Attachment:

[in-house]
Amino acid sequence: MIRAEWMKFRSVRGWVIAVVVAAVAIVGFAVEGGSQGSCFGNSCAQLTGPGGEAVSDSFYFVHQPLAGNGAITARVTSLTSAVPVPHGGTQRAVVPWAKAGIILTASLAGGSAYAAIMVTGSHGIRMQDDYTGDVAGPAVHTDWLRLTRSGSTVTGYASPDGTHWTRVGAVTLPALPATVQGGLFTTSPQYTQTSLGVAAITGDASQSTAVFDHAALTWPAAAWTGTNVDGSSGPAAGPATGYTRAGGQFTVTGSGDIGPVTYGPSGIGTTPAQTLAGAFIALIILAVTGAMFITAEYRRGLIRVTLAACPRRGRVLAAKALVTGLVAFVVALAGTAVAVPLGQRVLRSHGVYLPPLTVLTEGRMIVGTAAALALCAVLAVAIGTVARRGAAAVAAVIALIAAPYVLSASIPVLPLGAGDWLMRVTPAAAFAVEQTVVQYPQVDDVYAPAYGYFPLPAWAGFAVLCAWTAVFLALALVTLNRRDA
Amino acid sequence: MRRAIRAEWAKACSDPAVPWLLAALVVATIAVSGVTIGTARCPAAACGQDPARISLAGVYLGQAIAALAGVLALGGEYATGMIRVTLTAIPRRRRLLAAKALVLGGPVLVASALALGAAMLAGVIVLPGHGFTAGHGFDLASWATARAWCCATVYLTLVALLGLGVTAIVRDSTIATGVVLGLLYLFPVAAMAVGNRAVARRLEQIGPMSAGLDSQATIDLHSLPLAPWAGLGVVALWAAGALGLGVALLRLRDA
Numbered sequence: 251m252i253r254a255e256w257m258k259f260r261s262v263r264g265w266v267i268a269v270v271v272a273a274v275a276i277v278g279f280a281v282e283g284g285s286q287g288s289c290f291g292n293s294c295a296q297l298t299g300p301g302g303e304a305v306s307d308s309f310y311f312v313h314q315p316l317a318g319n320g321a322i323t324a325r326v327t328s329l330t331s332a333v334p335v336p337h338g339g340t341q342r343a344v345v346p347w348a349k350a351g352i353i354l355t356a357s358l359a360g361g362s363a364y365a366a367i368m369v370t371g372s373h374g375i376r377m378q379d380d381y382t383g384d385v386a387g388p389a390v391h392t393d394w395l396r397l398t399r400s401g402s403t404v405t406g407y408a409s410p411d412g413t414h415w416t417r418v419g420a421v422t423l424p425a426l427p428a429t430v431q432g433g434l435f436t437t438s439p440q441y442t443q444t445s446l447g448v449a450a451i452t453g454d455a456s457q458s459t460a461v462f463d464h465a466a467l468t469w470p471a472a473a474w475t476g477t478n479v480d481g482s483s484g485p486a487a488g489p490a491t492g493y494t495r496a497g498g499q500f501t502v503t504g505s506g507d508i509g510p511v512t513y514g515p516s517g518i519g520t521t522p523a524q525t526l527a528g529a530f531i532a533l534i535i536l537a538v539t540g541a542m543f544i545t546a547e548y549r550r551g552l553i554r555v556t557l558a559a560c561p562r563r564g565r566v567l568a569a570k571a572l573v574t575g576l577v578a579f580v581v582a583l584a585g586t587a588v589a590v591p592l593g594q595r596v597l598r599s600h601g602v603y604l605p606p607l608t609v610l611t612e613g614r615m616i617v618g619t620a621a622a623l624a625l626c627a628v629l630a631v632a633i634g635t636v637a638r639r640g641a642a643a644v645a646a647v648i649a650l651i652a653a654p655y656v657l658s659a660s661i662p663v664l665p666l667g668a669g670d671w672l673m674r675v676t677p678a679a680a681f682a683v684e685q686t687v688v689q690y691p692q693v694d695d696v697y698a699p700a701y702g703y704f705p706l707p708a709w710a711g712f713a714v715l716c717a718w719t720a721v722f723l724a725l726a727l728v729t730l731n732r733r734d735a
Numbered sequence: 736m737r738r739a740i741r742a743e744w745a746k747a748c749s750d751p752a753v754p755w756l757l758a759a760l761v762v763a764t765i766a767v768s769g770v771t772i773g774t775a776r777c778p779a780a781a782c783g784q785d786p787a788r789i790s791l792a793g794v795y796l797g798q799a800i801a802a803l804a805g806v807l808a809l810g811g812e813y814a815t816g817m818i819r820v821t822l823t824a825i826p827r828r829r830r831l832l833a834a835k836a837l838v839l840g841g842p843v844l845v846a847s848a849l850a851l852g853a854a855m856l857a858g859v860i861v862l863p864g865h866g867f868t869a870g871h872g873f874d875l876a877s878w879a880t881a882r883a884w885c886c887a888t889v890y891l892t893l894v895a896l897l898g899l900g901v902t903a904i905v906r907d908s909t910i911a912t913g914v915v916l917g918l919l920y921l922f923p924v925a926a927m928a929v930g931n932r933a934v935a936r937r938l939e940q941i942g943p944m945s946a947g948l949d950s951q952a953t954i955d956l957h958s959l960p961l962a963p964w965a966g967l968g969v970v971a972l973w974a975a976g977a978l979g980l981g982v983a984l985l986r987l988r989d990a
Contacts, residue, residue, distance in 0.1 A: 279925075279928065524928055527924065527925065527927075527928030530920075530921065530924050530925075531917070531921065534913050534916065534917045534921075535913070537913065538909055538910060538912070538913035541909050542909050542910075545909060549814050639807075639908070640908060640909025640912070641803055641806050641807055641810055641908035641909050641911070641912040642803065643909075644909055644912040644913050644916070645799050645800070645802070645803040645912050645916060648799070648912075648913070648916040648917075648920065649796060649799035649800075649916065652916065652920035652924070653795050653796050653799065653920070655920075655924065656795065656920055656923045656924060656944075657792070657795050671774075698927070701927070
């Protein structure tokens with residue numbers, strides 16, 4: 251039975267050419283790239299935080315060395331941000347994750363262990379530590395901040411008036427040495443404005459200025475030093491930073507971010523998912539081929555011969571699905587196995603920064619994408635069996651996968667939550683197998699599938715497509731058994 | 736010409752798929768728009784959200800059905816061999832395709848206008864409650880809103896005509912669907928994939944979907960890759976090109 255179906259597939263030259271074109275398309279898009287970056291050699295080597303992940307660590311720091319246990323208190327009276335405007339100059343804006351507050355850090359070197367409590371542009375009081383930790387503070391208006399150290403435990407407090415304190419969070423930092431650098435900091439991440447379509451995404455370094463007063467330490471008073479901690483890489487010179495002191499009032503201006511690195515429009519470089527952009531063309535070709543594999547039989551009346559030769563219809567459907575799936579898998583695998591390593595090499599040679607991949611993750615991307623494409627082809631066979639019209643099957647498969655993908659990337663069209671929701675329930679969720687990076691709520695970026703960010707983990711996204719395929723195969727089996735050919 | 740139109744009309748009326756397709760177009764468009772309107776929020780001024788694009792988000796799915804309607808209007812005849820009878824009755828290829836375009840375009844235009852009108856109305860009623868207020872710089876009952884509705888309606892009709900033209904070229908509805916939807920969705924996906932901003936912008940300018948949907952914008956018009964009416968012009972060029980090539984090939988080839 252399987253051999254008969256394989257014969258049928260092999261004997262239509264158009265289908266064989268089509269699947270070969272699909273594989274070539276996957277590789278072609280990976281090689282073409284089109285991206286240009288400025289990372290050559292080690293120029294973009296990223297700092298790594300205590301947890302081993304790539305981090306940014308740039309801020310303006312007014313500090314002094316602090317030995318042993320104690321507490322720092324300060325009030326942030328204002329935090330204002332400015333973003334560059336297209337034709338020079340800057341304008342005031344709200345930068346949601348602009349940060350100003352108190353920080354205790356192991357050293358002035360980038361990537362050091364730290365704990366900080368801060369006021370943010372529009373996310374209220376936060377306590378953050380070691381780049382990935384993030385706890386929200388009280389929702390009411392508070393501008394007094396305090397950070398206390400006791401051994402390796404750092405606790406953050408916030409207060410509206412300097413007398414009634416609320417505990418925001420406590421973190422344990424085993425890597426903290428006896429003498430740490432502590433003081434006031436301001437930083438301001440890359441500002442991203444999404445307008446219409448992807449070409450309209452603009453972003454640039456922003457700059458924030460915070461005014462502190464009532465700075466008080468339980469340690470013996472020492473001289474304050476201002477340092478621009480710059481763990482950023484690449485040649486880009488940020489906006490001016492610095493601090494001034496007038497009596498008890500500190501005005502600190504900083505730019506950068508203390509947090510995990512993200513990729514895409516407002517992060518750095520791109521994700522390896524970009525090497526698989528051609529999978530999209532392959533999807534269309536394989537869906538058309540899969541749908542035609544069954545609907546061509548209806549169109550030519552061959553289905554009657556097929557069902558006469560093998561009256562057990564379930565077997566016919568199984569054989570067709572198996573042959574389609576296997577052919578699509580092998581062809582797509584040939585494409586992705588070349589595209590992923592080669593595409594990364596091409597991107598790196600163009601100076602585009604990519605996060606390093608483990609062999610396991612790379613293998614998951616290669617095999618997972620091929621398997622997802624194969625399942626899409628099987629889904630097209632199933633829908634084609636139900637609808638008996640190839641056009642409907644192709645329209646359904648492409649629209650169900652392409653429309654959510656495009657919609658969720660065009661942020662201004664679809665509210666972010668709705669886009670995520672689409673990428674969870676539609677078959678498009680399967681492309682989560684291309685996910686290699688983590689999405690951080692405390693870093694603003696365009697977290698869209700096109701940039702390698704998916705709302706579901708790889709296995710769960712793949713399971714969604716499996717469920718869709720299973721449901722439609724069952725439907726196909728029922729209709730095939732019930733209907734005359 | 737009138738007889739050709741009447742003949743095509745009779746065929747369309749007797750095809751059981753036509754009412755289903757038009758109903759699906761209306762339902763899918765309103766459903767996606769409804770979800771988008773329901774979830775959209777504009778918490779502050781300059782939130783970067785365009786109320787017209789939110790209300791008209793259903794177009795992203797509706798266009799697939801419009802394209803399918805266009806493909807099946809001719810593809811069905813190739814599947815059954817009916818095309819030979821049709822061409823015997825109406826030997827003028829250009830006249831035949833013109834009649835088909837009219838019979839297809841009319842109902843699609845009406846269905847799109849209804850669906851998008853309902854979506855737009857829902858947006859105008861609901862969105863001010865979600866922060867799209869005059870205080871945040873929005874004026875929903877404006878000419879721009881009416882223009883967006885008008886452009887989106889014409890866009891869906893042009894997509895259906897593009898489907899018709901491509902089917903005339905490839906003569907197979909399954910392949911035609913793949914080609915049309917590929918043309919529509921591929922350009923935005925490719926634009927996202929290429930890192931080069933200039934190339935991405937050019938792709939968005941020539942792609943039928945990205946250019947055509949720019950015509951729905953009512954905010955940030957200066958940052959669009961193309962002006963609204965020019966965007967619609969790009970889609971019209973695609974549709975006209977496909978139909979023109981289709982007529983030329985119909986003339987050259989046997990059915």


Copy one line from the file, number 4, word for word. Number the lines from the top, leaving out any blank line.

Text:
Numbered sequence: 251m252i253r254a255e256w257m258k259f260r261s262v263r264g265w266v267i268a269v270v271v272a273a274v275a276i277v278g279f280a281v282e283g284g285s286q287g288s289c290f291g292n293s294c295a296q297l298t299g300p301g302g303e304a305v306s307d308s309f310y311f312v313h314q315p316l317a318g319n320g321a322i323t324a325r326v327t328s329l330t331s332a333v334p335v336p337h338g339g340t341q342r343a344v345v346p347w348a349k350a351g352i353i354l355t356a357s358l359a360g361g362s363a364y365a366a367i368m369v370t371g372s373h374g375i376r377m378q379d380d381y382t383g384d385v386a387g388p389a390v391h392t393d394w395l396r397l398t399r400s401g402s403t404v405t406g407y408a409s410p411d412g413t414h415w416t417r418v419g420a421v422t423l424p425a426l427p428a429t430v431q432g433g434l435f436t437t438s439p440q441y442t443q444t445s446l447g448v449a450a451i452t453g454d455a456s457q458s459t460a461v462f463d464h465a466a467l468t469w470p471a472a473a474w475t476g477t478n479v480d481g482s483s484g485p486a487a488g489p490a491t492g493y494t495r496a497g498g499q500f501t502v503t504g505s506g507d508i509g510p511v512t513y514g515p516s517g518i519g520t521t522p523a524q525t526l527a528g529a530f531i532a533l534i535i536l537a538v539t540g541a542m543f544i545t546a547e548y549r550r551g552l553i554r555v556t557l558a559a560c561p562r563r564g565r566v567l568a569a570k571a572l573v574t575g576l577v578a579f580v581v582a583l584a585g586t587a588v589a590v591p592l593g594q595r596v597l598r599s600h601g602v603y604l605p606p607l608t609v610l611t612e613g614r615m616i617v618g619t620a621a622a623l624a625l626c627a628v629l630a631v632a633i634g635t636v637a638r639r640g641a642a643a644v645a646a647v648i649a650l651i652a653a654p655y656v657l658s659a660s661i662p663v664l665p666l667g668a669g670d671w672l673m674r675v676t677p678a679a680a681f682a683v684e685q686t687v688v689q690y691p692q693v694d695d696v697y698a699p700a701y702g703y704f705p706l707p708a709w710a711g712f713a714v715l716c717a718w719t720a721v722f723l724a725l726a727l728v729t730l731n732r733r734d735a